Washington, D.C.—Salvadoran Col. Orlando Montano has been ordered to be extradited to Spain, where he will stand trial for his role in planning the murders of six Jesuit priests and two women in San Salvador in 1989. Five of the Jesuits were Spanish citizens. The judge’s decision marks a turning point in the search for justice in the Jesuit case, according to the Washington Office on Latin America (WOLA).
Colonel Montano, former Vice Minister of Defense in El Salvador, had been living in the Boston area. He was convicted in a U.S. court on immigration fraud and perjury charges. While serving his sentence in a prison in North Carolina, Spain requested his extradition. A federal judge ruled late on February 4th that Montano should be extradited to Spain, where he has been indicted for organizing and carrying out the murder of the Jesuit priests, along with other members of the Salvadoran military.
Col. Montano can still file a last minute writ of habeas corpus seeking to prevent his transfer to Spanish custody, and procedure requires the State Department to approve the extradition. “While Colonel Montano can’t actually be sent to Spain till this process is completed, this decision means that we are likely, finally, to see a trial of those who gave the orders in the Jesuit case,” according to WOLA Program Director Geoff Thale.
“It would be best if this trial were taking place in El Salvador. But a trial in Spain may bring a measure of justice, and may open the way to domestic prosecutions.” said Thale. “This is an important step for human rights and for the rule of law.”
The Jesuit murders, which took place as the Salvadoran government unleashed a no-holds-barred campaign to fight off a rebel offensive, shocked the world. Several of the priests were well known in the United States and in Europe for their support for a peaceful solution to El Salvador’s civil war. Their murders sparked outrage in the U.S. Congress. A year later, Congress voted to suspend half of U.S. military aid to El Salvador and to tie assistance to peace talks.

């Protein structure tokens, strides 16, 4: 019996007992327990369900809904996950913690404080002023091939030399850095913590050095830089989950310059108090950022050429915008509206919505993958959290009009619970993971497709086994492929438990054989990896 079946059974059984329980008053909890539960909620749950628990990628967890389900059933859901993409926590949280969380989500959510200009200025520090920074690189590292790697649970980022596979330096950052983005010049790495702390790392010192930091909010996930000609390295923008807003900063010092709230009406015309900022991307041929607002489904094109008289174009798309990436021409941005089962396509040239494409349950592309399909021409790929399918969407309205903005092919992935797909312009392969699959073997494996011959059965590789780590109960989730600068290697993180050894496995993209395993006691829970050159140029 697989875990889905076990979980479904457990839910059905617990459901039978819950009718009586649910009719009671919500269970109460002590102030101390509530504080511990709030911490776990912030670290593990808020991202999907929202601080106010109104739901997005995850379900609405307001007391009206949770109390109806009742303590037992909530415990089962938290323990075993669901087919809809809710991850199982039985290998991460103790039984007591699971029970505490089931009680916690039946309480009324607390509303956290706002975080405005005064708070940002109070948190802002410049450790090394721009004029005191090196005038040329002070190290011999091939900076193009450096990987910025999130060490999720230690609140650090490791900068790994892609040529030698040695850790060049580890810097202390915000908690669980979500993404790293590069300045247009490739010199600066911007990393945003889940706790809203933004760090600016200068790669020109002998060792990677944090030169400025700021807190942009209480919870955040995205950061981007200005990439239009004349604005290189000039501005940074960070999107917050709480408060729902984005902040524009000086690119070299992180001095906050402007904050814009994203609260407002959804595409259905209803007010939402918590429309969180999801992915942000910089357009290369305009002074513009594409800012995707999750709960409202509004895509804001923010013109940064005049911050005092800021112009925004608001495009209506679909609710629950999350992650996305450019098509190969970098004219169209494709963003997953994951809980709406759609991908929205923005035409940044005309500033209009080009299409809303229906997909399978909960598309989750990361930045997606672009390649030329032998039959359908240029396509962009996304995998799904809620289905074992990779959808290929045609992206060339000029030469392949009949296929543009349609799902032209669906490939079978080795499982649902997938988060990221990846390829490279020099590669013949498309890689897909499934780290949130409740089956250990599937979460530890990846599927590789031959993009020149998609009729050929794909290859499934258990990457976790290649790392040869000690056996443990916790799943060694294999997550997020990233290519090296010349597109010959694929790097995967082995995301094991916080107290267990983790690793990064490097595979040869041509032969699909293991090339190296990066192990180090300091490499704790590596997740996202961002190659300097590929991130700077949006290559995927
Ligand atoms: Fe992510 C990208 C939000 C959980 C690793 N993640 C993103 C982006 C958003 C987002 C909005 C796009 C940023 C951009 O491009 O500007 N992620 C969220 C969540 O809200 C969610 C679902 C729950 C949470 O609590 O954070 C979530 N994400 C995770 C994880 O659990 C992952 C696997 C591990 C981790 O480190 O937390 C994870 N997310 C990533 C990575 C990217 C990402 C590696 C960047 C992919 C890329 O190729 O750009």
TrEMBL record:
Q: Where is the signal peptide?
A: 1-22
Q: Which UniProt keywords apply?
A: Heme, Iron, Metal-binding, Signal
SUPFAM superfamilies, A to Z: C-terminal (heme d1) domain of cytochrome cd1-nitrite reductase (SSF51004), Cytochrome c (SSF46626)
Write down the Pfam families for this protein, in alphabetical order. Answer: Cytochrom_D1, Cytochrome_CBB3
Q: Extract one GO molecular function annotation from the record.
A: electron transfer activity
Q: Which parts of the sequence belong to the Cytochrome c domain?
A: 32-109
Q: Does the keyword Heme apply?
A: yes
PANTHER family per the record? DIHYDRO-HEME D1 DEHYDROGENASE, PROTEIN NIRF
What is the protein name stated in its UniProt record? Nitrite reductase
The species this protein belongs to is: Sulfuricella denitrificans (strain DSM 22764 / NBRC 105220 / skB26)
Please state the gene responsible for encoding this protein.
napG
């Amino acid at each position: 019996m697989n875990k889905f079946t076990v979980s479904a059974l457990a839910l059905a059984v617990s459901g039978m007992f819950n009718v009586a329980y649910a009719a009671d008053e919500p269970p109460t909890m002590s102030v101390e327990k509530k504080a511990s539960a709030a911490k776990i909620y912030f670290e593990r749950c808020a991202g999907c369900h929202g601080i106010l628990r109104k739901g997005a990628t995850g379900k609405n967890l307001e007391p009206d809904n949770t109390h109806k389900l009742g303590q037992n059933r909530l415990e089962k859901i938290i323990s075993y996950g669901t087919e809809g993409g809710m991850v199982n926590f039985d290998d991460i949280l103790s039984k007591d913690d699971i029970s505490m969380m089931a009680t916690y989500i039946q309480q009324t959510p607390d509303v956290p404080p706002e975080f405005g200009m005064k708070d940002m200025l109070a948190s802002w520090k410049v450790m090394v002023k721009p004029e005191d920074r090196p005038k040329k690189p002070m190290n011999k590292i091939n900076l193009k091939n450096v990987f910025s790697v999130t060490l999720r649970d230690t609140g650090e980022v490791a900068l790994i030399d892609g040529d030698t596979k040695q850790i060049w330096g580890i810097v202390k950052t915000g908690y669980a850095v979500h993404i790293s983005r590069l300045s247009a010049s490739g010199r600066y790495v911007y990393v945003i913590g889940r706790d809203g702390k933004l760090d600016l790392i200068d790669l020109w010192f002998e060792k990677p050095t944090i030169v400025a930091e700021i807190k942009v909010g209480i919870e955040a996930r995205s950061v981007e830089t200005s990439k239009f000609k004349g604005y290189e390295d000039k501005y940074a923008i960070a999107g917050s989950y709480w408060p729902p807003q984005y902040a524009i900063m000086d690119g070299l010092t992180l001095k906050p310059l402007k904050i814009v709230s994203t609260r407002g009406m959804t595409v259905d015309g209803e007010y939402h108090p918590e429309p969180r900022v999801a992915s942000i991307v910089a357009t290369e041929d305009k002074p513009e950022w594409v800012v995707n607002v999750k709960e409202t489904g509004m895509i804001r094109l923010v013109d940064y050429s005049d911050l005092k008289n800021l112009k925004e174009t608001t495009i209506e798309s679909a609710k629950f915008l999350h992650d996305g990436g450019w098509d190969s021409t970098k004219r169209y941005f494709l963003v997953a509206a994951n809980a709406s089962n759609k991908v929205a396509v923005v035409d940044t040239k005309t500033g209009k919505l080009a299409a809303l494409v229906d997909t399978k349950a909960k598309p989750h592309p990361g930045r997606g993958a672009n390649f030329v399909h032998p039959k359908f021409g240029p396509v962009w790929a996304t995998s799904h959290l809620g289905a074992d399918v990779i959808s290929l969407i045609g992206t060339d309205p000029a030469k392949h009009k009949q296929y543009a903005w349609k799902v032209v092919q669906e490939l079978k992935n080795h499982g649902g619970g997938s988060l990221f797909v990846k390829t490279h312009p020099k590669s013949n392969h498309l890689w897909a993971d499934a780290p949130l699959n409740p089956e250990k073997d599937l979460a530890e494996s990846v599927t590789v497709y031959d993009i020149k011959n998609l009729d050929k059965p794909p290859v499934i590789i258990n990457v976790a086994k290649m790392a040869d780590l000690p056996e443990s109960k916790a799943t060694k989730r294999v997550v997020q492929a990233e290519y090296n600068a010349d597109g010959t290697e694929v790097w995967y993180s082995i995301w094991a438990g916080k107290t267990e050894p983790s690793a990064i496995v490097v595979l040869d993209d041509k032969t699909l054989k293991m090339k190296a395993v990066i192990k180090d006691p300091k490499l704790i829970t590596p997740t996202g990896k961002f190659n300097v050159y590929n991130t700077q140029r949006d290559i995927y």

But there has been little justice in the case itself. Under intense international pressure, the Salvadoran government tried the colonel, two lieutenants, and five soldiers who actually committed the murders. Two of the soldiers were convicted, but released two years later. A post-war amnesty law was interpreted as bringing any investigation of who had ordered the killings to a halt. Despite repeated calls by religious and human rights groups in El Salvador and internationally, no action has been taken in the Jesuit case.
Because of the efforts of San Francisco-based Center for Justice and Accountability and their colleagues in Spain, a Spanish court opened an investigation into the killings. In 2011, the court ordered the indictment of 20 senior military officials. But the trial has not moved forward because none of the defendants were present in the Spanish court. El Salvador’s Supreme Court refused, in May of 2012, to honor a Spanish extradition request, for the seventeen defendants still in El Salvador.
“Today, with the judge’s decision to extradite Colonel Montano, begins a new era. Once Montano is in Spain, the court will be legally empowered to move ahead with the trial; as long as one defendant is physically present, the case may proceed against all defendants,” said Thale.